Hermes V8MT drone, eight propellers start to spin, and the massive yellow plane rises up, locates its direction, and moments later disappears into the sky in southern Poland.
In the present day, the drone is making a profitable 8.5-kilometer (5.3-mile) test flight close to the headquarters of the Polish firm Spartaqs within the city of Mikolow; soon, it is going to be making journeys between a blood bank and the Institute of Cardiology in Warsaw. It is going to follow a route marked by radio beacons and fly over waterways for probably the most part in order to not injure anyone lest it falls.
As soon as the required permits arrive, Hermes may very well be used to save lots of lives, transporting blood and medication in emergencies. Sooner or later, with a particular pod in its cargo, it might even transport hearts for transplants.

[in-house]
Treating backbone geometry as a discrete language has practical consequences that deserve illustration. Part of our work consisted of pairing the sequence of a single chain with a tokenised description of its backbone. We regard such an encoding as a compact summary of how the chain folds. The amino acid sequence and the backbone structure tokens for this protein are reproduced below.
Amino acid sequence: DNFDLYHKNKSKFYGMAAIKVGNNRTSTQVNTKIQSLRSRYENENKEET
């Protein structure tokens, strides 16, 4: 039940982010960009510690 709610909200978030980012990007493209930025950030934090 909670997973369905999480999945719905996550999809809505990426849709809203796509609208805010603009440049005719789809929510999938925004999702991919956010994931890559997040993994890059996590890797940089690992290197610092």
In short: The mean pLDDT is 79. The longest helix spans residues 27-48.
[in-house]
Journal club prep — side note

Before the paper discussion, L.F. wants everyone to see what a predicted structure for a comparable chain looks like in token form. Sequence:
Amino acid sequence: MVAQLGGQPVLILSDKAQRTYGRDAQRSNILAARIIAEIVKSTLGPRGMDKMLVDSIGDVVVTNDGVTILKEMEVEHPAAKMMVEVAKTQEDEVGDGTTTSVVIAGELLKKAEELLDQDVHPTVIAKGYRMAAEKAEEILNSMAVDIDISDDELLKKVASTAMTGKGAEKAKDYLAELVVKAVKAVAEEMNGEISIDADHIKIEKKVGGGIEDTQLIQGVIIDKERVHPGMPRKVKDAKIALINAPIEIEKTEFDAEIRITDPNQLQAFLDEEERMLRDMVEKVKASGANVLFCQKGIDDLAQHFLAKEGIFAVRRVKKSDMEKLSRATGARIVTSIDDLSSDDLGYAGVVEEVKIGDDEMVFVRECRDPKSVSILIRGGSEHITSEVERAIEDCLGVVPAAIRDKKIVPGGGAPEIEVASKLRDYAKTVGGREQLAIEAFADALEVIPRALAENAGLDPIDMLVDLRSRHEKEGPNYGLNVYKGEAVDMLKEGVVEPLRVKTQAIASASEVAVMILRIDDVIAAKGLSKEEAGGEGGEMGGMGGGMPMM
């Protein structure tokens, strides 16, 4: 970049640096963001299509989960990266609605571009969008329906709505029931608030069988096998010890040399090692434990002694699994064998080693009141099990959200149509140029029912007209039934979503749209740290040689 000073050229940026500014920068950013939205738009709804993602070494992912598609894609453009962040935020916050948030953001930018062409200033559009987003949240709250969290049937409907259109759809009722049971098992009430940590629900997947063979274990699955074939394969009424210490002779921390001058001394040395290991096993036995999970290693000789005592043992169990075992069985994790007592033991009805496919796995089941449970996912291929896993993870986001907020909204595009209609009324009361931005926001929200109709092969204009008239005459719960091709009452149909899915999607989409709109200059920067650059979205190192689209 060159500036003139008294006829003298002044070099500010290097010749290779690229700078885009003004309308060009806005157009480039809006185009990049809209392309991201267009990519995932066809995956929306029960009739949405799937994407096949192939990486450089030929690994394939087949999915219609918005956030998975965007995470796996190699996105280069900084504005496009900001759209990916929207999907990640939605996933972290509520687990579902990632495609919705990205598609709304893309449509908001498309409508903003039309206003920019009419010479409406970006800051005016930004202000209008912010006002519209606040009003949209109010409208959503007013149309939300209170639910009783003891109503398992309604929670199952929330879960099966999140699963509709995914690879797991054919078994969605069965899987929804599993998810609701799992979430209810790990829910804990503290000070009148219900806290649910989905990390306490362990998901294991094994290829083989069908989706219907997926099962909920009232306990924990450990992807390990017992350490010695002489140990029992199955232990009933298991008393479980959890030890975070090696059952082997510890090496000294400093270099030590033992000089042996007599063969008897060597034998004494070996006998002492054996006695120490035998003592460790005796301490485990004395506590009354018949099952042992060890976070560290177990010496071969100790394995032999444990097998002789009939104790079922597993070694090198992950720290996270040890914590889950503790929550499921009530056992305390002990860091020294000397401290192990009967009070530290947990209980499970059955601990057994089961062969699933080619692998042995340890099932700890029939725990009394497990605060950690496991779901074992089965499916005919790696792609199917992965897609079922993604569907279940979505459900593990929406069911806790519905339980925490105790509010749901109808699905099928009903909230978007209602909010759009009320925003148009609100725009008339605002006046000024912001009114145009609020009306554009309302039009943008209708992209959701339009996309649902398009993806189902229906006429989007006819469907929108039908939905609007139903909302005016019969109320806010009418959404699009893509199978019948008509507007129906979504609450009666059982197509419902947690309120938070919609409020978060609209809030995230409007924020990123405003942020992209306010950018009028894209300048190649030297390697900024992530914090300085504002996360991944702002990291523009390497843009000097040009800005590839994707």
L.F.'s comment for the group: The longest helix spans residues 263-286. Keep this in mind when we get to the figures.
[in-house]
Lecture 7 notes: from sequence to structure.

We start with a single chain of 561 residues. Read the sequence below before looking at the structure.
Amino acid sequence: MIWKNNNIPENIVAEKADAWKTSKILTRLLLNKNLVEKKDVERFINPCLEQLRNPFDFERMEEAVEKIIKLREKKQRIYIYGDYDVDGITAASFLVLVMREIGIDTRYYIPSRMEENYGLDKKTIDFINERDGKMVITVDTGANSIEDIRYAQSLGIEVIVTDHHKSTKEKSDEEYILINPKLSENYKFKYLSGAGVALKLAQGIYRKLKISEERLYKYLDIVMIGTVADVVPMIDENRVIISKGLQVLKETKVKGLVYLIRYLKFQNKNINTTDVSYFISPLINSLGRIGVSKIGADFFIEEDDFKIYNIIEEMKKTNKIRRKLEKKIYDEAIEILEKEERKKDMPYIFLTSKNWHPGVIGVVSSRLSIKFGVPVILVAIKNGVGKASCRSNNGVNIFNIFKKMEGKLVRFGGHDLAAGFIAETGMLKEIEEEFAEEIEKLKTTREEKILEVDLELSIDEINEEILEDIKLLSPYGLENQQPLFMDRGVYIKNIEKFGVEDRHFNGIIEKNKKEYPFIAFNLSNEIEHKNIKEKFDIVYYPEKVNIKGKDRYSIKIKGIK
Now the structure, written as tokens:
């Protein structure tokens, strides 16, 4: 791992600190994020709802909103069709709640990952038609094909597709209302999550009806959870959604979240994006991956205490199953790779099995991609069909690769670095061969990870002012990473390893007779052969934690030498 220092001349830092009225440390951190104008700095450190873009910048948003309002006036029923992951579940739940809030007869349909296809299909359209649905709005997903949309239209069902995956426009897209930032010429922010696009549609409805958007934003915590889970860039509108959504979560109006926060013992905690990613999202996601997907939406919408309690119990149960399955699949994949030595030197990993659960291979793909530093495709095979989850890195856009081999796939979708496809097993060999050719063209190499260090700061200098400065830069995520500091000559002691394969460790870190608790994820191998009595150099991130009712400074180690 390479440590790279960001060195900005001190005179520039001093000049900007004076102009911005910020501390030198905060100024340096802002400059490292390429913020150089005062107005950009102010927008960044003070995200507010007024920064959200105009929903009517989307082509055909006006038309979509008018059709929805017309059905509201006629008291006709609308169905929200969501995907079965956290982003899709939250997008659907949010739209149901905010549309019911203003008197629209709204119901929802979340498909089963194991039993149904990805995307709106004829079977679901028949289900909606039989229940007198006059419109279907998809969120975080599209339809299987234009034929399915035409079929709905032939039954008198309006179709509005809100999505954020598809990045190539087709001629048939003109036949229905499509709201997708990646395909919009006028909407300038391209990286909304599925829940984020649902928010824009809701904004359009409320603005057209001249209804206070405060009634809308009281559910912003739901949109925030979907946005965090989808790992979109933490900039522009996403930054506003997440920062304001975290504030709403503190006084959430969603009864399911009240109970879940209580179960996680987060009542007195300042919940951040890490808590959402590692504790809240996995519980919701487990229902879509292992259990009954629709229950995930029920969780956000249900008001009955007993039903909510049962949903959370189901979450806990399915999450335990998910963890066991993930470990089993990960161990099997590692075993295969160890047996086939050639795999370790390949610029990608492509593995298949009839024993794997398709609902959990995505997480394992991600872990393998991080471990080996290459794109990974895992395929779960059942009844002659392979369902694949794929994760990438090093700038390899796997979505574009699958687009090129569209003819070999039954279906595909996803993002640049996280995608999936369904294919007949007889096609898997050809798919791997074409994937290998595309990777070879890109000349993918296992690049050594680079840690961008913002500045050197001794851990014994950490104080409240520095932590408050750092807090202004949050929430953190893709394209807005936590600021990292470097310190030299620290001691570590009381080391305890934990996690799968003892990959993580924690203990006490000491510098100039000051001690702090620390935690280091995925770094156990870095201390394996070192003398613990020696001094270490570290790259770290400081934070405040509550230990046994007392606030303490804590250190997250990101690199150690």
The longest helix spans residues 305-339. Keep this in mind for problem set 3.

Poland is becoming a member of the recent global explosion of drone know-how, which has seen a number of private projects together with hundreds of usually top-secret military ones. Huczala points out that a military model of the Hermes V8MD drone may be a lifesaver.
The skies have change into crowded with the competition over drone manufacturing. Amazon and DHL are developing drones for transporting packages, UberEats is working on a model for delivering meals, whereas the US firm Zipline has developed a drone network for transporting medication in Ghana and now hopes to expand to different countries.
Spartaqs considers itself above all an analysis agency wanting into new technologies, although it has already sold a dozen drones—at an average value of 50,000 euros ($55,000) a pop—in Poland and Georgia.